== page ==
#15 SIN CITY
Written by the legendary author Frank Miller, Sin City defined the gritty 90’s alternative trend having been described as Neo Noir with modern contemporary elements that amplified the darkness of the decade. Black and white are the sole colors most of the time, with exception of red, yellow, blue, and pink, of which limited used is made in some stories to draw attention to particular characters. The series was eventually adapted into a less than successful film with the iconic pole dancing Jessica Alba, Bruce Willis, Elijah Wood, and a variety of other stars.
Hellblazer was a series that began shortly before the 90s actually began, but the dark occult detective is one of the few characters that seemed to benefit from the dark and gritty tone comics had adopted at this point. The series has jumped from imprints a couple times but still retained its popularity with it’s most recent run ending in 2018. You know you’ve made it when a comic is adapted to film and stars action staple, Keanu Reeves. The book held wide acclaim. The film reviews were mixed.
Another hot artist for the period was nonother than the infamous Rob Liefeld. After his stint on the New Mutants which ended at issue #100, Liefeld decided to revamp the book and it’s staple characters and concepts by creating a host of new characters and stories. Though Liefeld’s run on X-Force was short-lived, at the time it was the second highest selling comic book in history. Oh yeah, and this guy Deadpool was in it constantly…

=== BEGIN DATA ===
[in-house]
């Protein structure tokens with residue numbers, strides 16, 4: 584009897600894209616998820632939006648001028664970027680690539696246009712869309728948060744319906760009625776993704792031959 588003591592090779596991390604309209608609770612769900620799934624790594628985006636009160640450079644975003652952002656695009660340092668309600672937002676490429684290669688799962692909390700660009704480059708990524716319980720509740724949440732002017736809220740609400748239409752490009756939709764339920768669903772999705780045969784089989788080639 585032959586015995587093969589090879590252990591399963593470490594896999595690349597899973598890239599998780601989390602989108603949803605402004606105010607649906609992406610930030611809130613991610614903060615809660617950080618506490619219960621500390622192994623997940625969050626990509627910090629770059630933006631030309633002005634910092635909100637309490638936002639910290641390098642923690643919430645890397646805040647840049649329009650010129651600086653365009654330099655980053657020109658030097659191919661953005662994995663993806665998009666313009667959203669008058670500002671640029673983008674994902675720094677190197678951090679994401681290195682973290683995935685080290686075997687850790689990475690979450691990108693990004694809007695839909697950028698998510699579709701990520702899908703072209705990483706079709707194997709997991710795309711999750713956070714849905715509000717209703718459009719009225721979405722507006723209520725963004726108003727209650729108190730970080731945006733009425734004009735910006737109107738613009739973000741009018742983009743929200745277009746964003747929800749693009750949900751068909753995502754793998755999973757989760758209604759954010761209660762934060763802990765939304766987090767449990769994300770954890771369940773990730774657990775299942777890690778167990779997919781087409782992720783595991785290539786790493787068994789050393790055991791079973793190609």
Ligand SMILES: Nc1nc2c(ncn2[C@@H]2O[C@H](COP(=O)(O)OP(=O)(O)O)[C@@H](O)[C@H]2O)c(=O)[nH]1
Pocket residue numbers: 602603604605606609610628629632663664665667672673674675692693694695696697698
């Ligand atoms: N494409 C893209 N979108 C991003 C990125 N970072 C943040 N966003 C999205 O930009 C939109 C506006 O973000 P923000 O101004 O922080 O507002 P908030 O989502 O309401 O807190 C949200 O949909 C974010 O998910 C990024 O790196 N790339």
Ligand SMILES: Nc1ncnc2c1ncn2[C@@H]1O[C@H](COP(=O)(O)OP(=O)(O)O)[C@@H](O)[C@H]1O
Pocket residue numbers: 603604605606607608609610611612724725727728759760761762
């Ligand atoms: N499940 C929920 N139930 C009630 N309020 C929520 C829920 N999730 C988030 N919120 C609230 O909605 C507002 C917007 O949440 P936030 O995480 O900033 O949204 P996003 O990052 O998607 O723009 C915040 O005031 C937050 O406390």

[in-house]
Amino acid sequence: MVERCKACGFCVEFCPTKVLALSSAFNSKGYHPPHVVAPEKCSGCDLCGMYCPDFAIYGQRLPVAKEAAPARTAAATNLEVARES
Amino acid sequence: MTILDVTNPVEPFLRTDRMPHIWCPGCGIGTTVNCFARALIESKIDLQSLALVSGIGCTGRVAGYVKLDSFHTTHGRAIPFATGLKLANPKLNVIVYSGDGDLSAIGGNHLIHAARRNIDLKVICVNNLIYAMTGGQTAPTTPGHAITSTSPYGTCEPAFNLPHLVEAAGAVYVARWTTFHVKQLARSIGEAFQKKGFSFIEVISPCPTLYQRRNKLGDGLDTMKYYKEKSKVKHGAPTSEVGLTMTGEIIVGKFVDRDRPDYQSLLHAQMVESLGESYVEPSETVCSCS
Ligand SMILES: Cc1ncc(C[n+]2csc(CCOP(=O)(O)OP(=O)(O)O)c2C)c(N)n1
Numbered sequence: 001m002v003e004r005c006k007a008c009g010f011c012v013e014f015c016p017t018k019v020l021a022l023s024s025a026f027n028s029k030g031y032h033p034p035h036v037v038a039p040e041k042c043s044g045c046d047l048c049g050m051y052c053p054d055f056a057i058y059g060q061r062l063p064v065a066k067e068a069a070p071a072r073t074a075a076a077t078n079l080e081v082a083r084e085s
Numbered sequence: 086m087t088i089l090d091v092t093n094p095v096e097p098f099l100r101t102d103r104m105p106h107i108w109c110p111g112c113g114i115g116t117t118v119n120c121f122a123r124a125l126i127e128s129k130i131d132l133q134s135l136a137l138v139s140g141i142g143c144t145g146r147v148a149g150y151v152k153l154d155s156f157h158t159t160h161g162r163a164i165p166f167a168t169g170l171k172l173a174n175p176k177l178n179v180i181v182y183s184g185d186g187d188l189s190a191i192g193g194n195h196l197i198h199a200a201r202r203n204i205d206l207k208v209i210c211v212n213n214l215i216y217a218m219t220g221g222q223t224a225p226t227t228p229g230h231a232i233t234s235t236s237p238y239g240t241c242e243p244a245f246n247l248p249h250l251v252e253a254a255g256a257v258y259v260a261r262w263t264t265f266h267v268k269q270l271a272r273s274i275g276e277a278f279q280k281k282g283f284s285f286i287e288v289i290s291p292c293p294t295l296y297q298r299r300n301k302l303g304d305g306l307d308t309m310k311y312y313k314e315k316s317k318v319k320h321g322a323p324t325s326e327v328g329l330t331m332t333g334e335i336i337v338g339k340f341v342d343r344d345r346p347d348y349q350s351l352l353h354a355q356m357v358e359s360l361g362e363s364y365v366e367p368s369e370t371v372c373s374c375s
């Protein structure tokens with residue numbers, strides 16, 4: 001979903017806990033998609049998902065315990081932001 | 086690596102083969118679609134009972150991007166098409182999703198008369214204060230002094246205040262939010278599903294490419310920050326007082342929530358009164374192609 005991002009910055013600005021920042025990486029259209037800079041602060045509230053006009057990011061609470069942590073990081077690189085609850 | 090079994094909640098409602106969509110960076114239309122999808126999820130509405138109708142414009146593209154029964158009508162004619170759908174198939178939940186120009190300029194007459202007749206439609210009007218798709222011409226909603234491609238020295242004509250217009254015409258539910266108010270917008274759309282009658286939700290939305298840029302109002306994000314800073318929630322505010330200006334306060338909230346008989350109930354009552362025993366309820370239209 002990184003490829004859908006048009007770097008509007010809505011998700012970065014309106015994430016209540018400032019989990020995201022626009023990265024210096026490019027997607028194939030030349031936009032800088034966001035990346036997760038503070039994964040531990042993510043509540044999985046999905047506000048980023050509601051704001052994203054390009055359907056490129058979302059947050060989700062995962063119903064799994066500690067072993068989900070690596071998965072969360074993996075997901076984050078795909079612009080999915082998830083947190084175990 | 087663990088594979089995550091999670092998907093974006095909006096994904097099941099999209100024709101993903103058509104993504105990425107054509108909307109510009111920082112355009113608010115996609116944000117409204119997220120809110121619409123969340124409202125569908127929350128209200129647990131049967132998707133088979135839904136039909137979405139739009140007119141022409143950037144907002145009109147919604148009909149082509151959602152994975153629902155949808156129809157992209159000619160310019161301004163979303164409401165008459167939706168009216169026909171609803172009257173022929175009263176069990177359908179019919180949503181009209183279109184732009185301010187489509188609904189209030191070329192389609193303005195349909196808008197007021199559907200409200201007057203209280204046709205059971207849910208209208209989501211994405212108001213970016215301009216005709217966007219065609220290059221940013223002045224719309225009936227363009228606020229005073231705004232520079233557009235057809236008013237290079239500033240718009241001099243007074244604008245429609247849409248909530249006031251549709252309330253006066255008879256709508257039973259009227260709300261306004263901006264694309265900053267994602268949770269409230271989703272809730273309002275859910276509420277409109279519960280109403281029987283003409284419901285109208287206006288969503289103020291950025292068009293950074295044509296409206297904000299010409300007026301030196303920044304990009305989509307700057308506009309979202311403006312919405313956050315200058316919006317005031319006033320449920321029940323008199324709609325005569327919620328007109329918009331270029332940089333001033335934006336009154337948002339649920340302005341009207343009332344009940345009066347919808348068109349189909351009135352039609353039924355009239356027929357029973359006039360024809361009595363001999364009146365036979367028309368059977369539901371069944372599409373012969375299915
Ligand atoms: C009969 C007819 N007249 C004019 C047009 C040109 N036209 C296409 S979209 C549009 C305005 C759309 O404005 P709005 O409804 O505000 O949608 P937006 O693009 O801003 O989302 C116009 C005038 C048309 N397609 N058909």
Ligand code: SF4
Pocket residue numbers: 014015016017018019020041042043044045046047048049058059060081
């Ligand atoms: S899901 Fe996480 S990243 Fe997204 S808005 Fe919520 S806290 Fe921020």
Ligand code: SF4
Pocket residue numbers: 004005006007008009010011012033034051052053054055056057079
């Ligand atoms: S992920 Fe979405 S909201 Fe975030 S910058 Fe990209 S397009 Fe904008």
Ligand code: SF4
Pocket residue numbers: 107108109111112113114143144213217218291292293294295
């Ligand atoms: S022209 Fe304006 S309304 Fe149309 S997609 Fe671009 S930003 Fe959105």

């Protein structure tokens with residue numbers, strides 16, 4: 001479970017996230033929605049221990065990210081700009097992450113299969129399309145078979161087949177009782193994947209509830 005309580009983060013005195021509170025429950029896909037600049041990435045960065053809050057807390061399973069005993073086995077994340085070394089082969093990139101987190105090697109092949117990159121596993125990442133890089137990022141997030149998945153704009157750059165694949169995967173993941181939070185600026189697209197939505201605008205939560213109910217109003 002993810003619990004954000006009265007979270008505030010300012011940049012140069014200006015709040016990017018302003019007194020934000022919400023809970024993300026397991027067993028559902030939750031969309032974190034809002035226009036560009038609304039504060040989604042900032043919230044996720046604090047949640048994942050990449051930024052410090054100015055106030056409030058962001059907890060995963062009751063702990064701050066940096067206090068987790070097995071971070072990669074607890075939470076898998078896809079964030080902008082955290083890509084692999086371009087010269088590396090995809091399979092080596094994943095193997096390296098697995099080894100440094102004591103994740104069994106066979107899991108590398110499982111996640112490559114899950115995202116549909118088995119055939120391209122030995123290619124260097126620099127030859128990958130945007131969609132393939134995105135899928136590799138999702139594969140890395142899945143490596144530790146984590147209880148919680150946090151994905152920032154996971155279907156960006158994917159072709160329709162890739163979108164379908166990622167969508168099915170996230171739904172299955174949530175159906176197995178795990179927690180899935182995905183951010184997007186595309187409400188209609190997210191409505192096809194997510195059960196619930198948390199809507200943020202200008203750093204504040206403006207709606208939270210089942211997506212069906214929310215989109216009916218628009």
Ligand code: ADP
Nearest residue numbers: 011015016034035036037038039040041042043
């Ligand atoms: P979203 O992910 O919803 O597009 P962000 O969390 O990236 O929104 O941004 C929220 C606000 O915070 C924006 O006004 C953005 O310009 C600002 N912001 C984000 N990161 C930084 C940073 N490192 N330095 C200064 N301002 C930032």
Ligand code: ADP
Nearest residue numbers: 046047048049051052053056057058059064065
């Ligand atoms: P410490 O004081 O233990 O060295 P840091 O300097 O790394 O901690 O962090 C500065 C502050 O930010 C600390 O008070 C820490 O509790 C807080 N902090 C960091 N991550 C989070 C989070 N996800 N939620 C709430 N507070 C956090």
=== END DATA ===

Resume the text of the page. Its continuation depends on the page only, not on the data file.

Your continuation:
#12 THE INFINITY GAUNTLET
Today it’s unnecessary for the most part to elaborate on the significance of Marvel’s original Infinity Gauntlet storyline which served as the source material for the theatrical behemoth, Infinity War which is one of the top grossing superhero films of all time. Movies aside, the original 6 issue chronical was so successful Marvel launched in quick succession the post series The Infinity War and The Infinity Crusade. Even though Marvel employed the same maneuvers with having nearly every title in publication included with a tie-in story, the subsequent two never met the high acclaim or sales figures of the original. The story follows Thanos, the mad Titan who falls in love with the Cosmic force known as the Mistress of Death. Rebuffed, Thanos is even more fixated and to win her attention uses the omnipotent weapon, the Infinity Gauntlet to wipe out half of the population throughout creation itself, prompting an epic battle with an alliance of Earth’s strongest heroes.
#11 KINGDOM COME
Kingdom Come was Mark Waid and Alex Ross’ magnum opus arc about a superhuman world gone mad and the attempt of the old world to maintain control at all costs. In an Elseworld Miniseries which prominent superheroes abandon their roles and forsake their goodwill with the populace at large until ultimately reforming the JL to face off in an all hell breaks loose battle with the vigilantes who had taken their place. The standalone story had a massive impact on the entire DC Line for a number of years after.